New York Times:
- Sunday Book Review cover: Gregory Cowles on Chronic City by Jonathan Lethem: "'The Fortress of Solitude' was a great novel, but also a chaotic sprawl
"” it addressed gentrification and race relations and comic books and
disco and the prison system and more, on and endlessly on. 'Chronic
City' is more contained, less greedy in its grasp, and it is even
better. It limits itself to a single big theme "” but then, it's the
biggest there is: the pursuit of truth....
Even in an alternate reality "” even in a fiction "” passion and
significance are everywhere if you know where to look."
- Kakutani on Last Night in Twisted River by John Irving: "'Last Night in Twisted River' showcases all of John Irving's
biggest liabilities as a writer: a tricked-up, gimmicky plot; cartoony
characters; absurd contrivances; cheesy sentimentality; and a
thoroughly preposterous ending. And yet, at the same time, it evolves
into a deeply felt and often moving story "” a story that with some
diligent editing might have ranked right up there with 'The World
According to Garp' (1978) and 'A Widow for One Year' (1998) as one of
Mr. Irving's more powerful works."
- Josh Emmons on The Interrogative Mood by Padgett Powell: "If I said that 'The Interrogative Mood,' the fifth novel by Padgett
Powell, was ... a captivating and often glorious
reading experience, and if you believed me, would you get a copy soon,
or would you decide that even though captivating, often glorious books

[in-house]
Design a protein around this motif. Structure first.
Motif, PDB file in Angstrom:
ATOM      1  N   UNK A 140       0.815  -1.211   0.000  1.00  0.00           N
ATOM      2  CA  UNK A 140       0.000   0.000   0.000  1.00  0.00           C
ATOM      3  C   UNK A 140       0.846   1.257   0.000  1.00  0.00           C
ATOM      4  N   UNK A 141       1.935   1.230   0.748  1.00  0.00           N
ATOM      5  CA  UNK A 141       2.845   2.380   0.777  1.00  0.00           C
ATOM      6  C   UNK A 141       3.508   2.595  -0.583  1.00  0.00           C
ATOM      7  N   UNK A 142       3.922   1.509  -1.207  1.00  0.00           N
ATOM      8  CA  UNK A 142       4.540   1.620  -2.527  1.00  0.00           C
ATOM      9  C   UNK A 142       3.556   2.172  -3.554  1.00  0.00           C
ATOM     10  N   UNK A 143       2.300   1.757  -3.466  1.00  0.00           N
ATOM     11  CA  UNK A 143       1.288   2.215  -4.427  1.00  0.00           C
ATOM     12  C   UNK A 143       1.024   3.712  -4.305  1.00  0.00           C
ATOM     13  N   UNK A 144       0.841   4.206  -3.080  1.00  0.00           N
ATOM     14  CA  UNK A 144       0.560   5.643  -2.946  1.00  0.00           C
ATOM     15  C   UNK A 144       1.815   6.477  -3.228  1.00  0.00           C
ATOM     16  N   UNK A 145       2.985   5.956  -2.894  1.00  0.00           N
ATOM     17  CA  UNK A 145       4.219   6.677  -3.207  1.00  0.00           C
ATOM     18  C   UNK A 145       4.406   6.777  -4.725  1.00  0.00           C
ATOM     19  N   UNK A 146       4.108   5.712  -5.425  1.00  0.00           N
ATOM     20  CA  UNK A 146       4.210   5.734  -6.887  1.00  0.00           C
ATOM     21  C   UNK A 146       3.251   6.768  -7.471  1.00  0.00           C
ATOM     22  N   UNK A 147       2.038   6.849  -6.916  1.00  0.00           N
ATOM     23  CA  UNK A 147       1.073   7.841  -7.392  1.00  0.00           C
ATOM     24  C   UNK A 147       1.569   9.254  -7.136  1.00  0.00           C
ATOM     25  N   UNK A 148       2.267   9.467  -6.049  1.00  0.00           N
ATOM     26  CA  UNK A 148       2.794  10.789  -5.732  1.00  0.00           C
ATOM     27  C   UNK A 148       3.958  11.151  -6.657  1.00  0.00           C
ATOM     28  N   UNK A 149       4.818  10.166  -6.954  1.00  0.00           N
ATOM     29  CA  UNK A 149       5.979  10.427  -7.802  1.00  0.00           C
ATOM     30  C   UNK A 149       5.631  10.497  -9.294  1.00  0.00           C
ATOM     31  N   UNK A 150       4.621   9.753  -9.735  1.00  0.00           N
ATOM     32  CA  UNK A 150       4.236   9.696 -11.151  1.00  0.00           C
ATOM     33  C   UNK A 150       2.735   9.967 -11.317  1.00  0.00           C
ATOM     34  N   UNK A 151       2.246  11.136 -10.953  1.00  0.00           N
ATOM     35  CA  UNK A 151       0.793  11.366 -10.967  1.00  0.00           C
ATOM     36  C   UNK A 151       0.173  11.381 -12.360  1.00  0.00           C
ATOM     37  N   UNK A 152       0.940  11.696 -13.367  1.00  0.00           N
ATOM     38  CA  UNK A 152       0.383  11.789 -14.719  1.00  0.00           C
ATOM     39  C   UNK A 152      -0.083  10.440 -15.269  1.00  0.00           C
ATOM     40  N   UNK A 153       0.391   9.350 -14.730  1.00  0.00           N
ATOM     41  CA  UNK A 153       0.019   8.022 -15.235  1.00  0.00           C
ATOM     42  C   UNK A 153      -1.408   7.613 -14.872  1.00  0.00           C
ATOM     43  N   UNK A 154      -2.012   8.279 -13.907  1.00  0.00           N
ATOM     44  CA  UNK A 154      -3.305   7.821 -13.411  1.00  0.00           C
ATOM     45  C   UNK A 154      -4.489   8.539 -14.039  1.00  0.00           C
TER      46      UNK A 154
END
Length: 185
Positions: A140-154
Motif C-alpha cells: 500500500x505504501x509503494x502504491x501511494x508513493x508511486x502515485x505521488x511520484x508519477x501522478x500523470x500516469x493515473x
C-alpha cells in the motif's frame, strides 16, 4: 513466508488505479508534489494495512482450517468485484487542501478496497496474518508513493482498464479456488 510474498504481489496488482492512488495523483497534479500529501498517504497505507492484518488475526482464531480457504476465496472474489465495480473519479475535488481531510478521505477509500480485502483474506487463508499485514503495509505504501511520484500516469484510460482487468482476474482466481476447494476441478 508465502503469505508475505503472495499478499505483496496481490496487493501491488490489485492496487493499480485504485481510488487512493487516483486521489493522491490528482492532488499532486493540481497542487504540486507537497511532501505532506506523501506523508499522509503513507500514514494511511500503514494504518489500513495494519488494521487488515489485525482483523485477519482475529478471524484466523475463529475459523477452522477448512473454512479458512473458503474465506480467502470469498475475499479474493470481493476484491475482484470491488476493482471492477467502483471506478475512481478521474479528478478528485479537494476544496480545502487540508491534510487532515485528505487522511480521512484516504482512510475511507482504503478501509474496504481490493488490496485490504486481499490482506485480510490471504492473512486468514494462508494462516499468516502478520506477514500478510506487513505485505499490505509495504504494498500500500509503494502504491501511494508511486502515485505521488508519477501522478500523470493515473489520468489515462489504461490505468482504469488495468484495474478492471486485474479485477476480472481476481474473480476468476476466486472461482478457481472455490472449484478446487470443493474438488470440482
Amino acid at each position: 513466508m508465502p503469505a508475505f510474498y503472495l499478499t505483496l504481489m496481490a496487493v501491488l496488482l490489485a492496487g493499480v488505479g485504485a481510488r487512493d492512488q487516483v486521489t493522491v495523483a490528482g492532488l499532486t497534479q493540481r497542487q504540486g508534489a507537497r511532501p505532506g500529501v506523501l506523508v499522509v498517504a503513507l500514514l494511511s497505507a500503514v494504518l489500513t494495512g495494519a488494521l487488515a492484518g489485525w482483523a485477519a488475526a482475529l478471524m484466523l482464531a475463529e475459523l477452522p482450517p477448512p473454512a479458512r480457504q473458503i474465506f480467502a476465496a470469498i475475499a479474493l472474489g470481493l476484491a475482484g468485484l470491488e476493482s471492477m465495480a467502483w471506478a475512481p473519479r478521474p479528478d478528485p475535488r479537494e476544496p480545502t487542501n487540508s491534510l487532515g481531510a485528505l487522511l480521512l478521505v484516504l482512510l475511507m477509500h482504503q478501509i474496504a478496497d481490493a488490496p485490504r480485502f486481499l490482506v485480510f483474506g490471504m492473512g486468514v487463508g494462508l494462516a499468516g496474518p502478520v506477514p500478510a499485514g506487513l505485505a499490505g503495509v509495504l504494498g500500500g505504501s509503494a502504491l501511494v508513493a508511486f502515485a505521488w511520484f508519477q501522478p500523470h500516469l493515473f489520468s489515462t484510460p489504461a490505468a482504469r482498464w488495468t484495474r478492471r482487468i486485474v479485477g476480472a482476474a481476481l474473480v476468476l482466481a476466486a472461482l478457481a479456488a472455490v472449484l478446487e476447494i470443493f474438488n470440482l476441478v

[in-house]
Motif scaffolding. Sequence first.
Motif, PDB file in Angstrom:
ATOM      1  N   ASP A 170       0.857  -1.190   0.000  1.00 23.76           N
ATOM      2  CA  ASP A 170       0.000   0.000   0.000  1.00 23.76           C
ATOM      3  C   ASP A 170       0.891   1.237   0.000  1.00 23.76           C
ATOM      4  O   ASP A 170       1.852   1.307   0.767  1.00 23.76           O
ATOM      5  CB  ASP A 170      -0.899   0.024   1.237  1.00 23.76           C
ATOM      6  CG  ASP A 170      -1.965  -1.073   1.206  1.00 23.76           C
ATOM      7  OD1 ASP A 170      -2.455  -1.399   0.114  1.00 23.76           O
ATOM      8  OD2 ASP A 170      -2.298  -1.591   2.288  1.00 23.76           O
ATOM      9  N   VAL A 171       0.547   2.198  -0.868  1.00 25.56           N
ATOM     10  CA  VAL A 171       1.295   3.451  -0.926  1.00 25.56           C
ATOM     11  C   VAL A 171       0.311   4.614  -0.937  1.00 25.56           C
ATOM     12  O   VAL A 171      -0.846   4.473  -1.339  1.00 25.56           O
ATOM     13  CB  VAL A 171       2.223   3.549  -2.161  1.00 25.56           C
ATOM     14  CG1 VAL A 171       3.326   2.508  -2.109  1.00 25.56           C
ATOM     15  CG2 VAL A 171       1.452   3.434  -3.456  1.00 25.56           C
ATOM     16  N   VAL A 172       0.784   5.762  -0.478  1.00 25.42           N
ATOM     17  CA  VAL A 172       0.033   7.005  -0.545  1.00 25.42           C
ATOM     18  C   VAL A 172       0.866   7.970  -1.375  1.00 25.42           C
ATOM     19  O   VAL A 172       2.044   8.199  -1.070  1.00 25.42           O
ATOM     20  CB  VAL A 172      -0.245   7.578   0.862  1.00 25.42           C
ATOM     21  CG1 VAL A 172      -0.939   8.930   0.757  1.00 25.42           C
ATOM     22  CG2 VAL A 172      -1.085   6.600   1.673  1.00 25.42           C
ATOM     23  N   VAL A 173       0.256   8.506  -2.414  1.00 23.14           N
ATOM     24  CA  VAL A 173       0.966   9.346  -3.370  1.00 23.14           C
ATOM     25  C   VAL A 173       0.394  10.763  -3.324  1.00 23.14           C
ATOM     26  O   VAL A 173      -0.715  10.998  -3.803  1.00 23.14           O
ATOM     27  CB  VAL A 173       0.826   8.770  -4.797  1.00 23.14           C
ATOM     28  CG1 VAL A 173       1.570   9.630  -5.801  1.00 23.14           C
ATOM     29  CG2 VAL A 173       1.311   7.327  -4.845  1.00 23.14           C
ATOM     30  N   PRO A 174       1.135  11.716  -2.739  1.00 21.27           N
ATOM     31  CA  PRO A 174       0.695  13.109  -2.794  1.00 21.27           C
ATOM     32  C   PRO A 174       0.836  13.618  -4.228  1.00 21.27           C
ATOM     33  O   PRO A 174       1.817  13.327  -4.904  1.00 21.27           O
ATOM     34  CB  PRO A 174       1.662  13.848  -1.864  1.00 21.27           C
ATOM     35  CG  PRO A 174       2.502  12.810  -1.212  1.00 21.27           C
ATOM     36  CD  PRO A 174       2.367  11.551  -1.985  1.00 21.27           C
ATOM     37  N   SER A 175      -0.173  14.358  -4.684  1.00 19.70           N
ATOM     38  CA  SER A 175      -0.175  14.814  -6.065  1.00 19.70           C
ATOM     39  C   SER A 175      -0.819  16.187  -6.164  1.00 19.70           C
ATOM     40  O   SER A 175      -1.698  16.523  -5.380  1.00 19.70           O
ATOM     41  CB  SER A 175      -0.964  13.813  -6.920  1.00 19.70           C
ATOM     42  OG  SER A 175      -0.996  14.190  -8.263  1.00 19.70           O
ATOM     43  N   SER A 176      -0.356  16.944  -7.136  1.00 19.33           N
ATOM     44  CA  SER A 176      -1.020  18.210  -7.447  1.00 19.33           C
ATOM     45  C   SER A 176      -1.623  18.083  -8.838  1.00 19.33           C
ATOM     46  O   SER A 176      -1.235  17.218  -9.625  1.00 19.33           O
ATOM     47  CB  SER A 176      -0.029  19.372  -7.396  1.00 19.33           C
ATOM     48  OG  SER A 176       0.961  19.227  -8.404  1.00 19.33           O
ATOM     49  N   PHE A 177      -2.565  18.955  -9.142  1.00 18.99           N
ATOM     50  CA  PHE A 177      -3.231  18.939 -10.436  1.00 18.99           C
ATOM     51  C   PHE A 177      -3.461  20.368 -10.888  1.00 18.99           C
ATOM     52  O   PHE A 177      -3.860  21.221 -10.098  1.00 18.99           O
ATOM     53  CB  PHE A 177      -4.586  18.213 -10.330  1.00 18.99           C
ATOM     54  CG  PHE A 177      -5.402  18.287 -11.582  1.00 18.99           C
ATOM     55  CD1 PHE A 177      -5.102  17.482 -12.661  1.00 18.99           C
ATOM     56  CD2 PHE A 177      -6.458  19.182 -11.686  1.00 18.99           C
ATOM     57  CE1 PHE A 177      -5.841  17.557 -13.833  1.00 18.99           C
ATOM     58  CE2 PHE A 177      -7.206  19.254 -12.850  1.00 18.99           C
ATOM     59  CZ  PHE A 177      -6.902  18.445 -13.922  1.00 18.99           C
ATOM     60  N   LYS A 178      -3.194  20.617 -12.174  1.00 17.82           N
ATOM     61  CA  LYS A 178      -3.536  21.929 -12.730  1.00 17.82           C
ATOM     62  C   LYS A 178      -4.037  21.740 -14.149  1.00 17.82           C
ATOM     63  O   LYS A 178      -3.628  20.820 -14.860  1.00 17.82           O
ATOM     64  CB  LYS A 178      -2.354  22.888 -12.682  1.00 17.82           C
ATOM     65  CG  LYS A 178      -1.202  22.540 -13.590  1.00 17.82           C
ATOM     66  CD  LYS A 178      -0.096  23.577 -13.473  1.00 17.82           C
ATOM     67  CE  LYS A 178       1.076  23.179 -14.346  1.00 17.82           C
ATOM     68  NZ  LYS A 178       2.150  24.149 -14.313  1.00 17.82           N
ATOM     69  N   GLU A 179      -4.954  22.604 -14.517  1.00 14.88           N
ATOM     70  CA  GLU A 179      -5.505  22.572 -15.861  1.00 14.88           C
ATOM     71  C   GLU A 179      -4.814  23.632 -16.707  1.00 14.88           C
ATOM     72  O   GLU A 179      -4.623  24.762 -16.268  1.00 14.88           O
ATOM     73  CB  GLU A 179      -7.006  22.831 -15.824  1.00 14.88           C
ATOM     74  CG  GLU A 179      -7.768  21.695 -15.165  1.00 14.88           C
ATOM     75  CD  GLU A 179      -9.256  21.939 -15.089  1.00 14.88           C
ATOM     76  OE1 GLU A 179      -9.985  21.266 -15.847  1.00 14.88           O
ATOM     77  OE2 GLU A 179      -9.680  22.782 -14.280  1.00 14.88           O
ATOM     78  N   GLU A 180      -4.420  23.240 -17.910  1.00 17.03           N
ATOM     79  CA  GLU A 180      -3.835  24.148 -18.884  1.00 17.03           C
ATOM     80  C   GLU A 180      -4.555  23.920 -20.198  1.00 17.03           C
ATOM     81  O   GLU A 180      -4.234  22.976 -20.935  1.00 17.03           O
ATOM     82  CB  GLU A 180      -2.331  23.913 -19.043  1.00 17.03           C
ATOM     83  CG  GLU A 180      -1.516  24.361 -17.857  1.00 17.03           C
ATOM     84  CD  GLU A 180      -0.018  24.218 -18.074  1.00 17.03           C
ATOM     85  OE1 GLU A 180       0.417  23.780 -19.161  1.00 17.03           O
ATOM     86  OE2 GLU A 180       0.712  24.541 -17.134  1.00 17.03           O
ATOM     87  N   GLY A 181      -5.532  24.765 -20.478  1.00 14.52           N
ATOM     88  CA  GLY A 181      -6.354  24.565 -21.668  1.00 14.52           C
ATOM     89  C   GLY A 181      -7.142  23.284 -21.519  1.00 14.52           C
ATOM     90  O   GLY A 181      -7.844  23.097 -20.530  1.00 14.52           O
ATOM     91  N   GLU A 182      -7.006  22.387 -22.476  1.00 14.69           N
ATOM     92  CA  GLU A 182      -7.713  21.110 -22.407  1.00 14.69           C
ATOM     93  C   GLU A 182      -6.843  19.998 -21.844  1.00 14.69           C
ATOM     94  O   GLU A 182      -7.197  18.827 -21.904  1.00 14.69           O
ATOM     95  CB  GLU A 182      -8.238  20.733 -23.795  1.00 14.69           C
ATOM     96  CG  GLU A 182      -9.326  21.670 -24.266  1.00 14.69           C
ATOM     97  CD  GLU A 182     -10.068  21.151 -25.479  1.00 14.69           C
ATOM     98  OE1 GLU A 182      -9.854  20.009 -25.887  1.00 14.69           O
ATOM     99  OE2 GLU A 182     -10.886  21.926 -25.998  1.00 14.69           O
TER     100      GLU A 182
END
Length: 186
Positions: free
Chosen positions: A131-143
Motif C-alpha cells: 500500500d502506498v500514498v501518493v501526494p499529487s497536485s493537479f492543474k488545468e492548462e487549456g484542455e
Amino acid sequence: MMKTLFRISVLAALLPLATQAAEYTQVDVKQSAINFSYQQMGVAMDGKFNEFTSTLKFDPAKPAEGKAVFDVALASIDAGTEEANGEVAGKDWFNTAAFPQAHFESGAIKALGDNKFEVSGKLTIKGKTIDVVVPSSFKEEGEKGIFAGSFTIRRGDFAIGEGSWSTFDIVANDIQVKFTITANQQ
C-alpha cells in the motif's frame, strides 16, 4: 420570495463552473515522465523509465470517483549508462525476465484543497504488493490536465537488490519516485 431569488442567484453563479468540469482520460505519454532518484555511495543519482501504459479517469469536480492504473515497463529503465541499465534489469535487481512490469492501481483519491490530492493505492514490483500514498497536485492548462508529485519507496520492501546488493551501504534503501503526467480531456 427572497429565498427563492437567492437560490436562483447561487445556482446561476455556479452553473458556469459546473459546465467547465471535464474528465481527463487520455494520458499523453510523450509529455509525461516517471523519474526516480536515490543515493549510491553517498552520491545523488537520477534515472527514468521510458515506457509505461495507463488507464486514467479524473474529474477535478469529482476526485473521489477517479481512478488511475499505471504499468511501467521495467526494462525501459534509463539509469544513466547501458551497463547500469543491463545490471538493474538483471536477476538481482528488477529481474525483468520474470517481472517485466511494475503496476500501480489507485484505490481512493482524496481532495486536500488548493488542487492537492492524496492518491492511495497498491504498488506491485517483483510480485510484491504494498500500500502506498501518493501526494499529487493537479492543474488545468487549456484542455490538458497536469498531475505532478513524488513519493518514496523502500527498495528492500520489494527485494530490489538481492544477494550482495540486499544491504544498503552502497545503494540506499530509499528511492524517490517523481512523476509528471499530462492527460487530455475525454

don't come along Âevery day, you aren't ready for something as
open-Âended and seemingly uncertain as this? If, then, I assured you
that embedded in its all-question format are ideas and images and
emotions uniquely and powerfully expressed, and that it is a
great-hearted assault on ambivalence, would you realize that you are
- David Hajdu on The Book of Genesis by R. Crumb: "For all its narrative potency and raw beauty, Crumb's 'Book of Genesis'
is missing something that just does not interest its illustrator: a
sense of the sacred. What Genesis demonstrates in dramatic terms are
beliefs in an orderly universe and the godlike nature of man. Crumb, a
fearless anarchist and proud cynic, clearly believes in other things,
and to hold those beliefs "” they are kinds of beliefs, too "” is his
prerogative. Crumb, brilliantly, shows us the man in God, but not the
God in man."
- Jane Smiley on The Book of Fathers by Miklos Vamos: "'The Book of Fathers' is a serious novel that, while sometimes agonizing